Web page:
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Montague Island vole: a conservation assessment.Author(s): Ellen Weintraub Lance
Source: Gen. Tech. Rep. PNW-GTR-542. Portland, OR: U.S. Department of Agriculture, Forest Service, Pacific Northwest Research Station. 14 p
Publication Series: General Technical Report (GTR)
Station: Pacific Northwest Research Station
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DescriptionMontague Island tundra voles were first described in the early 1900s. Based on their large size and dark coloration relative to other island and mainland populations, tundra voles from Montague Island were classified as a distinct subspecies. Research conducted in the 1990s revealed significant differences in the size and shape of Montague Island voles, but not significant genetic differentiation. Montague Island voles appeared abundant in the 1990s, although there was no attempt to estimate population size. Montague Island voles may be reproductively and genetically isolated. More sensitive genetic techniques now can be used to test genetic distinctiveness across populations. A conservation concern exists owing to the unknown population status and still questionable taxonomy of this island endemic subspecies, because it is unknown if land management practices affect this isolated population.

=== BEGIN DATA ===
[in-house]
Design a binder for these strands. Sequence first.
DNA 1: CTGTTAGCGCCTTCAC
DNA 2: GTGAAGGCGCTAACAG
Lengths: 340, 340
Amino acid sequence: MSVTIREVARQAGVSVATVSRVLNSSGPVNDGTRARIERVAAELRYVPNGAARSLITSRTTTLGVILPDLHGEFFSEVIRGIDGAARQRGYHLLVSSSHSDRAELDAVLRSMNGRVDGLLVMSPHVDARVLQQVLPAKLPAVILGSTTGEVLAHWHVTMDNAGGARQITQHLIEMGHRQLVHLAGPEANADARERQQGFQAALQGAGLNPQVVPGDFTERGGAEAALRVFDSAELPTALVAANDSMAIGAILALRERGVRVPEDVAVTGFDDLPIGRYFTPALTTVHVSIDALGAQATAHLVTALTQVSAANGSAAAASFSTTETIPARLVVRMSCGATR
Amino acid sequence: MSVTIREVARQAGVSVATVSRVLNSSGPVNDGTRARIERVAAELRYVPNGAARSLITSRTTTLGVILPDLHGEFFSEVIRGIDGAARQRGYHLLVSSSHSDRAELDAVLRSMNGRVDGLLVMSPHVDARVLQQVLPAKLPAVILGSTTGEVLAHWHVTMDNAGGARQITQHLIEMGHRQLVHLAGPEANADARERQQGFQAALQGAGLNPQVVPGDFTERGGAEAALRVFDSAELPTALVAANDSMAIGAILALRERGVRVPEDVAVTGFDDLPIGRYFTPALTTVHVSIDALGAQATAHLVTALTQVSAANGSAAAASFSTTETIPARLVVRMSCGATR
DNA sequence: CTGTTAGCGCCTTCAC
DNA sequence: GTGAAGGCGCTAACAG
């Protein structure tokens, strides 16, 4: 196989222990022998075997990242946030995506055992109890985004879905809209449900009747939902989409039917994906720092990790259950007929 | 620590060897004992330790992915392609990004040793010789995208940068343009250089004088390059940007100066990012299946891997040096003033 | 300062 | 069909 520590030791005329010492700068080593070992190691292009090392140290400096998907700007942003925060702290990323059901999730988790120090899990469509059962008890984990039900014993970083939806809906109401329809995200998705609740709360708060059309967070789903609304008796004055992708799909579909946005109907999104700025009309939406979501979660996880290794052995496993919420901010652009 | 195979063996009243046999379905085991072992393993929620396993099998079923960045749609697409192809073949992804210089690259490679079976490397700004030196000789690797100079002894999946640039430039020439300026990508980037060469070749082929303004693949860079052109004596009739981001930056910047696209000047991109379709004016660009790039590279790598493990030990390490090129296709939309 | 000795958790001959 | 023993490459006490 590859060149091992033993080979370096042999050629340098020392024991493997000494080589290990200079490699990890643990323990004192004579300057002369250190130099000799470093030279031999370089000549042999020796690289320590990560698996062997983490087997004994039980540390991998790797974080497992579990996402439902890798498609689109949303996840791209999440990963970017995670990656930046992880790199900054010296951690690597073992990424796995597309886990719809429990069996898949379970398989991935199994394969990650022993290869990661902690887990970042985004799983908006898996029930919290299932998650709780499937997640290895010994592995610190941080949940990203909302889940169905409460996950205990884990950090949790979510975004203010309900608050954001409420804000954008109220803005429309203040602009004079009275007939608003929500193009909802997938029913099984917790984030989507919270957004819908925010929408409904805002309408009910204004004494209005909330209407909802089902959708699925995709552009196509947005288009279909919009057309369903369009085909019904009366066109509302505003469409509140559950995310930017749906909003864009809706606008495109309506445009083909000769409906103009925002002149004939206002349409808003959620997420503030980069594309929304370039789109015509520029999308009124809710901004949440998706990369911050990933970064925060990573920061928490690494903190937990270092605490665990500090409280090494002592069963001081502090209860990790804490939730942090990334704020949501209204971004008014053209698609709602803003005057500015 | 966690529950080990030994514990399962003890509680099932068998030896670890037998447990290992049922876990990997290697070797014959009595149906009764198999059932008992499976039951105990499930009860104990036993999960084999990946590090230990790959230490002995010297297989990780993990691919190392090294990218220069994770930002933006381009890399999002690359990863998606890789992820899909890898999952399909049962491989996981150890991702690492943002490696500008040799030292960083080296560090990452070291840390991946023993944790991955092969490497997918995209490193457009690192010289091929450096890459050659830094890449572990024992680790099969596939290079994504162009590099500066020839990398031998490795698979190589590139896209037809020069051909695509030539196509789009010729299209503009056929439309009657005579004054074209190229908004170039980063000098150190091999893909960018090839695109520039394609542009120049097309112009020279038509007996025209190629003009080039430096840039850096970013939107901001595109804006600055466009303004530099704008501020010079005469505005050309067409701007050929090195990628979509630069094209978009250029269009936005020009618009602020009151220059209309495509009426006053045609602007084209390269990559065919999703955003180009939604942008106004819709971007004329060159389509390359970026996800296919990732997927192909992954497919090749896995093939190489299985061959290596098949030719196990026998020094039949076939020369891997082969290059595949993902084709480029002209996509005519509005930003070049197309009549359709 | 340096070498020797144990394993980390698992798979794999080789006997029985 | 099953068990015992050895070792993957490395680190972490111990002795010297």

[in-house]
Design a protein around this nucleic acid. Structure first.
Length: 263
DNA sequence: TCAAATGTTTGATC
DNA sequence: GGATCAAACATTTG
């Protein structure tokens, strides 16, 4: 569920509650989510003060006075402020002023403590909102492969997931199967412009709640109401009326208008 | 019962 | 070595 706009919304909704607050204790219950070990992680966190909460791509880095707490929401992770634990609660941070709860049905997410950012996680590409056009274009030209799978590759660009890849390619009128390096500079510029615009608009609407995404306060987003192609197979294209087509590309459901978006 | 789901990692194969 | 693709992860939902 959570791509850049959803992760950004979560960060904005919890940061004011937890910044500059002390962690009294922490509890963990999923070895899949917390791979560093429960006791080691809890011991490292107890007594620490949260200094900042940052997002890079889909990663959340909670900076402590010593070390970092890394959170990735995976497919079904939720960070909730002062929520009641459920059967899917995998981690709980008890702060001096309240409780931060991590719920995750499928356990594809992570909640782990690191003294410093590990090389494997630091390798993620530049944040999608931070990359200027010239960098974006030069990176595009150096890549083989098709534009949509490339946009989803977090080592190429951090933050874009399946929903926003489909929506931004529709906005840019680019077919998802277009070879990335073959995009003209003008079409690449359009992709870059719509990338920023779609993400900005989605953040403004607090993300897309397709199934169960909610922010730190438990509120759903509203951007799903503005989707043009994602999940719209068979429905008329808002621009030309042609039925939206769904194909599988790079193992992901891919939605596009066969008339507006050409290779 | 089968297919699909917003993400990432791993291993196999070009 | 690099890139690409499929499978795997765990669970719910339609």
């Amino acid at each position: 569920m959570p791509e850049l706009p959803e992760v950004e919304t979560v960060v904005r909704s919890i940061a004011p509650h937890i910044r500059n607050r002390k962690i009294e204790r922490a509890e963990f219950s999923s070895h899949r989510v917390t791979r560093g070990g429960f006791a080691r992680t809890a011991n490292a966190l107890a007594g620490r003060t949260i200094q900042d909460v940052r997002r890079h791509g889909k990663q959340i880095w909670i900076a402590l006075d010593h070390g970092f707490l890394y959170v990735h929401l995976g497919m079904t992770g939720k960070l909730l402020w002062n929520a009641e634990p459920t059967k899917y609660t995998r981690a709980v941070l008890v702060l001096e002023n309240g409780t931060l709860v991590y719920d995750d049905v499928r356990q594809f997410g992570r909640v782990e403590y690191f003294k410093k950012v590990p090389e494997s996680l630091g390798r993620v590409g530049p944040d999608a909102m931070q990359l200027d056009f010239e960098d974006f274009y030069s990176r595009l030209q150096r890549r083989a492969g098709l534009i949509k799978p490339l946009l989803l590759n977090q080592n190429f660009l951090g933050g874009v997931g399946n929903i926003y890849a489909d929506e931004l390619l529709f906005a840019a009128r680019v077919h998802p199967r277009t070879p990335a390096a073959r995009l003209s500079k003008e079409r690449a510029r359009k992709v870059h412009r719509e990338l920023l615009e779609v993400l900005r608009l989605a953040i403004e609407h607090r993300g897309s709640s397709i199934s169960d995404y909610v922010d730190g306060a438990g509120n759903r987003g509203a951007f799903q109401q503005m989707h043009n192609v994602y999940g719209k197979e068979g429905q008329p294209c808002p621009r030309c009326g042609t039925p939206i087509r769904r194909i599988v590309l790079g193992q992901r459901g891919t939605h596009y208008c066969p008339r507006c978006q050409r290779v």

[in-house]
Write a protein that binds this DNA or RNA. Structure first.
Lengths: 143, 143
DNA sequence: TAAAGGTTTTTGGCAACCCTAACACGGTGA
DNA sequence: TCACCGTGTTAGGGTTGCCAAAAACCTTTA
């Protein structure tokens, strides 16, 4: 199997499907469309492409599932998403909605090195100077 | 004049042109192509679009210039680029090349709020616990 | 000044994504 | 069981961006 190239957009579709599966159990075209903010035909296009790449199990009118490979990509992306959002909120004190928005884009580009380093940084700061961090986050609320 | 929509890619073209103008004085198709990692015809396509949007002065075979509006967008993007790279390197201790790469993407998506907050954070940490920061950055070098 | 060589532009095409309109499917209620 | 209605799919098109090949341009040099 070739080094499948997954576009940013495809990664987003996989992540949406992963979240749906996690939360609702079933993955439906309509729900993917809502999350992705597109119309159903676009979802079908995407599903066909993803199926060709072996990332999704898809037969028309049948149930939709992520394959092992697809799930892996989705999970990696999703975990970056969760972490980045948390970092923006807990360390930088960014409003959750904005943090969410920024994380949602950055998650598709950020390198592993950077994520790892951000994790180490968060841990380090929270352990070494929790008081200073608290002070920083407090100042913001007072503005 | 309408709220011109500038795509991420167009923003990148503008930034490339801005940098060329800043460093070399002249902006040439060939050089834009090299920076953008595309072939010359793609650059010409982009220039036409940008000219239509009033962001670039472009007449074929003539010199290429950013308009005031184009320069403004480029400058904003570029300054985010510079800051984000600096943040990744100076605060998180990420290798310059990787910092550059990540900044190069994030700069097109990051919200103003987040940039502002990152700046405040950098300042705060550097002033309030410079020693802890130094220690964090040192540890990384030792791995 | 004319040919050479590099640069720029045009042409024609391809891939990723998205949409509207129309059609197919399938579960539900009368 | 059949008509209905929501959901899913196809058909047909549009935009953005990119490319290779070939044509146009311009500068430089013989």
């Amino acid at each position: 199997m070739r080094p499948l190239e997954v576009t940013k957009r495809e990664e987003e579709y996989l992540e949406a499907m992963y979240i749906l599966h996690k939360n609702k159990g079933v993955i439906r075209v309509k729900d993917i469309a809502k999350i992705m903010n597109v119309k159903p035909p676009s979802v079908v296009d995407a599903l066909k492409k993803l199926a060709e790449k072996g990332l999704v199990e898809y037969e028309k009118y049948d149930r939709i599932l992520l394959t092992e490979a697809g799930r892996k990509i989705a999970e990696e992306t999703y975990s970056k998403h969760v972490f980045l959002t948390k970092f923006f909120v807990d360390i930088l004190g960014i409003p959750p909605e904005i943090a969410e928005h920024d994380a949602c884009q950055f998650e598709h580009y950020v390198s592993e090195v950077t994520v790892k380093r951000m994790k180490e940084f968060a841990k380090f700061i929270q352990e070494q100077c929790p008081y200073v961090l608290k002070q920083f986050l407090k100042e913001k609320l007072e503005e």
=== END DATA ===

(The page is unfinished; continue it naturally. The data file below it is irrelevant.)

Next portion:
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CitationLance, Ellen Weintraub. 2002. Montague Island vole: a conservation assessment. Gen. Tech. Rep. PNW-GTR-542. Portland, OR: U.S. Department of Agriculture, Forest Service, Pacific Northwest Research Station. 14 p
KeywordsTundra vole, island endemics, Microtus oeconomus elymocetes, Montague Island, Montague Island vole, taxonomy
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